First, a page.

The Trump administration is halting billions of dollars of payments to insurers under the Affordable Care Act's risk-adjustment program, a move that further disrupts the insurance market and could lead to more premium increases next year.
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The federal Centers for Medicare & Medicaid Services - known by the abbreviation CMS - will temporarily stop so-called "risk-adjustment payments" used to steady Obamacare health insurance premiums. The program was also cut previous year.
The Congressionally mandated risk adjustment program of the Affordable Care Act redistributes funds from plans with lower-risk enrollees to plans with higher-risk enrollees, helping to ensure that sicker individuals can receive coverage by sharing the cost of covering them.
CMS was referring to a February ruling from a federal court in New Mexico that invalidated the risk adjustment formula, and a January ruling from a federal court in MA that upheld it.
Martin Hickey, the founder of New Mexico Health Connections, the state's health care co-op and the company that filed the lawsuit, believes the court ruling will reduce the prices and benefit consumers.
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The Trump administration on Monday announced another nail in the coffin of Obamacare, declaring it would withhold the payment of risk-adjusted premiums to insurers.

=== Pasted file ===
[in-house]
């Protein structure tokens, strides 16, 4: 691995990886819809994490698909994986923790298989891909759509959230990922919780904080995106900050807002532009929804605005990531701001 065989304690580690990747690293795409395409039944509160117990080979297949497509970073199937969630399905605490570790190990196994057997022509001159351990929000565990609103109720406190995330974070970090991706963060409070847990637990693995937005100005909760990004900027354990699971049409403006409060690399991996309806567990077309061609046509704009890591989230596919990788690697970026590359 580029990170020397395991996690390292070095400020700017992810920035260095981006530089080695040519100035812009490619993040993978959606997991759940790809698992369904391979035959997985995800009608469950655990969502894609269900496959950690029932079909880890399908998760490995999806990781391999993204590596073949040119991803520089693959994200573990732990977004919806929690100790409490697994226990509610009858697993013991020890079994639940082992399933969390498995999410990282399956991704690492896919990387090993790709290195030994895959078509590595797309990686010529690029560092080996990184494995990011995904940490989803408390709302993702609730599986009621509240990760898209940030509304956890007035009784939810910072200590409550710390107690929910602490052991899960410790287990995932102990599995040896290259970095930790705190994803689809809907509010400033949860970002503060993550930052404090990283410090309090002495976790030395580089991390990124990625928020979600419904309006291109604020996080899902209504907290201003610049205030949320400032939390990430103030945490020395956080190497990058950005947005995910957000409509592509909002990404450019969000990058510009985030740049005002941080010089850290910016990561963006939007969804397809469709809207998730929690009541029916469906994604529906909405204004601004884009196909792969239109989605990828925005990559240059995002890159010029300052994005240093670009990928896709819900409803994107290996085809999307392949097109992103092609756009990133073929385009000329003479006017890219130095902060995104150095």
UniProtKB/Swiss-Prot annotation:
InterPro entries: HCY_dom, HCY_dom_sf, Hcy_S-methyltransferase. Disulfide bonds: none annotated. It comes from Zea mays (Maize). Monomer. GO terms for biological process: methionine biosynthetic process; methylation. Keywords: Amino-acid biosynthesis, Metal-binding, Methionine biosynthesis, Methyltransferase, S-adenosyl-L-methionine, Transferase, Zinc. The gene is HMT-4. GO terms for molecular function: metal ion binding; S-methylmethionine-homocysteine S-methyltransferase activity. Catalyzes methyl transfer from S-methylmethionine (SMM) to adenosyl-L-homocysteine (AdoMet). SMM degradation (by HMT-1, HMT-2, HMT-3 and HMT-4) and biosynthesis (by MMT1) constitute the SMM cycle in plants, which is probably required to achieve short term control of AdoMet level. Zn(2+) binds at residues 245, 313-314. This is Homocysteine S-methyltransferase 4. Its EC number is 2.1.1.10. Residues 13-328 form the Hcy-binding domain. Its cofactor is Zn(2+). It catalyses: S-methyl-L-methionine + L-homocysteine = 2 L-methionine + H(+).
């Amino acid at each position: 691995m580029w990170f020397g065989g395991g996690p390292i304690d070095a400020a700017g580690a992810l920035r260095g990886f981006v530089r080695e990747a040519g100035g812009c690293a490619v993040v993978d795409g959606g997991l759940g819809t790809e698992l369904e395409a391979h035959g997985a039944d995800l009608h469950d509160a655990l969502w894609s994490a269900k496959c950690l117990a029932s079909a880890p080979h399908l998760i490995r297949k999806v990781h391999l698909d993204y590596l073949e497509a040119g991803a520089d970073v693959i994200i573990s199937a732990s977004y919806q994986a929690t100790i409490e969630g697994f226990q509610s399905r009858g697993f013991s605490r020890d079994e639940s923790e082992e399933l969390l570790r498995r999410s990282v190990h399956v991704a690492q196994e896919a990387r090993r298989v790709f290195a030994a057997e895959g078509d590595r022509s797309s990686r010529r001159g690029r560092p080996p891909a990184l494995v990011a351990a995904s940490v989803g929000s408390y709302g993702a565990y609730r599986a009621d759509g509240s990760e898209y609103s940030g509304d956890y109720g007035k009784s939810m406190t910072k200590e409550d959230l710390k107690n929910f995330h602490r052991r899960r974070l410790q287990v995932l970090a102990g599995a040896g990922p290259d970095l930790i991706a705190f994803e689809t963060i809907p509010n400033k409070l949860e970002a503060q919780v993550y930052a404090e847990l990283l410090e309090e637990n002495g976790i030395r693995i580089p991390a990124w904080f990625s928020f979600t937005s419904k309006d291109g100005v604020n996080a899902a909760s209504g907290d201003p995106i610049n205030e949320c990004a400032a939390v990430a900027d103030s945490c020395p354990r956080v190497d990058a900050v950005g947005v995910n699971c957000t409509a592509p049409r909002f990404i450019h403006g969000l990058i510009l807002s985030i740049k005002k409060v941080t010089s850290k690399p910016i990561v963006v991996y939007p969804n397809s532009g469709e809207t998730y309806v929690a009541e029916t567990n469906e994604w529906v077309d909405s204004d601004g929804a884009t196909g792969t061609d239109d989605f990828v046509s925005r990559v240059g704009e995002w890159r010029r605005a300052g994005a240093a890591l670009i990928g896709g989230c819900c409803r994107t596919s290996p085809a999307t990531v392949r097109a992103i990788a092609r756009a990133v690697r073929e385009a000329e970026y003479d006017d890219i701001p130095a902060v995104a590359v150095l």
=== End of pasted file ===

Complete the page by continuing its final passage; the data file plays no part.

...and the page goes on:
A federal court in MA upheld the same allocation formula in January.
The move sent shock waves through the insurance industry, which claimed that such market disruption could have near-immediate consequences for insured populations.
"As a result of this litigation, billions of dollars in risk adjustment payments and collections are now on hold", she said. Last year, the administration halted important subsidies for insurers.
The Republican Congress tried to repeal the Affordable Care Act at every turn in 2017 and now they are trying to take away the protection it provides for people with pre-existing conditions. In other words, the Trump Administration position in court is in favor of making the payments.
As the number of companies offering insurance on the exchanges dwindles - even with the risk adjustment program payments - the efficacy of this program should be thoroughly examined. Premiums undoubtedly will rise, and more people will be unable to afford them. The insurers have requested average rate increases for 2019 that range from 18.5 percent to 91.4 percent, depending on the type of plan.
New Mexico Health Connections and Minuteman Health of MA, two small nonprofit insurers, filed lawsuits in 2016, contending that the Obama administration created an inaccurate formula that unfairly rewarded large insurers.